Mel Bracht from The Oklahoman says the local NBC affiliate’s ratings are down from 4 years ago.
T.J. Simers of the Los Angeles Times talks with Vin Scully about calling Sandy Koufax’s perfect game back in 1965.
Tom Hoffarth of the Los Angeles Daily News says Scully made a great argument for using instant replay in baseball during an argument on the field Monday night.
The Canadian Sports Media Blog says while viewers in the Great White North are complaining about Olympic coverage, the ratings are saying otherwise.
Ben Koo of Awful Announcing goes in-depth into the Turner Sports purchase of the Bleacher Report.
Matt Yoder of AA defends Lolo Jones against the very strange media backlash that began over the weekend in the New York Times.
John Koblin of Deadspin writes that even our troops stationed abroad are victims to NBC’s tape delays and can’t watch the Olympics live!
Sports Media Watch says UFC on Fox set yet another record low for mixed martial arts on network TV.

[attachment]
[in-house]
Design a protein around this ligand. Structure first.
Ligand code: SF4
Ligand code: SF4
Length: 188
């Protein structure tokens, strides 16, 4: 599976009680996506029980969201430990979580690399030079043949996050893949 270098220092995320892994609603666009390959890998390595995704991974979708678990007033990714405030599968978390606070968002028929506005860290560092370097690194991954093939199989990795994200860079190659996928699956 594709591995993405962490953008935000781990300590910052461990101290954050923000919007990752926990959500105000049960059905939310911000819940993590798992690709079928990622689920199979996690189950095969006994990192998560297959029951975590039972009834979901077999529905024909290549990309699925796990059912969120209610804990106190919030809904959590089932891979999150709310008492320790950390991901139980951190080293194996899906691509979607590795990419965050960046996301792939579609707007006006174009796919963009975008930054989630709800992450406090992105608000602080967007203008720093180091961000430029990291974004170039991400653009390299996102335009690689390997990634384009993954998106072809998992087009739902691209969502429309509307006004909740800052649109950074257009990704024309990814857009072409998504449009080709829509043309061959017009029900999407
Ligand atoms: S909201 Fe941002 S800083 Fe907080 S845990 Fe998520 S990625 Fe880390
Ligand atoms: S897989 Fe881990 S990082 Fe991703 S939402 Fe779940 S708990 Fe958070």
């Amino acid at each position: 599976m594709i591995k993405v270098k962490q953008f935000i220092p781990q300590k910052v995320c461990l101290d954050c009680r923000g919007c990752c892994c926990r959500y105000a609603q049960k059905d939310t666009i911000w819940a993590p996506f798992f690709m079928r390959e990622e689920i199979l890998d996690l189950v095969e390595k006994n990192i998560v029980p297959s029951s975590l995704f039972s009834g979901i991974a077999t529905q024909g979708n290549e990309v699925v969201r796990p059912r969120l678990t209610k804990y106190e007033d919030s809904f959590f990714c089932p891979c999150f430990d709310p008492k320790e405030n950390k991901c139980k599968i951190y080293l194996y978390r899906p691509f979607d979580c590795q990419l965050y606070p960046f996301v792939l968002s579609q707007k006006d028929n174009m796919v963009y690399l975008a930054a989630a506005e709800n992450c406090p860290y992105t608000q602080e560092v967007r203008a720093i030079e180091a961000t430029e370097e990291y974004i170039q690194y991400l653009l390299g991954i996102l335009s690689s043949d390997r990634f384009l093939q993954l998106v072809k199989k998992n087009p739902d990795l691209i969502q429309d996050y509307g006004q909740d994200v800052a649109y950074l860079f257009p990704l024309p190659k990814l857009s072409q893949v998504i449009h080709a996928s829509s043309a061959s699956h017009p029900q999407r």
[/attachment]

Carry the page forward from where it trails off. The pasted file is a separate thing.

The Big Lead, in a sponsored post, speaks with CBS’ Clark Kellogg.
That is going to do it for today.
As we go into the second week of the 2012 London Olympics or the Games of the XXX Summer Olympiad, I thought I would take the opportunity on this middle Sunday to look ahead for the next set of Games on television.
We know that NBCUniversal will carry the Olympics through 2020, that’s two Winter and two Summer Games in that timespan. While the network has been served well by its current crop of announcers, some of whom date back as far back as 1988, it’s time to replace them with a new generation of hosts, play-by-play callers and analysts who can carry the network through 2020 and possibly beyond.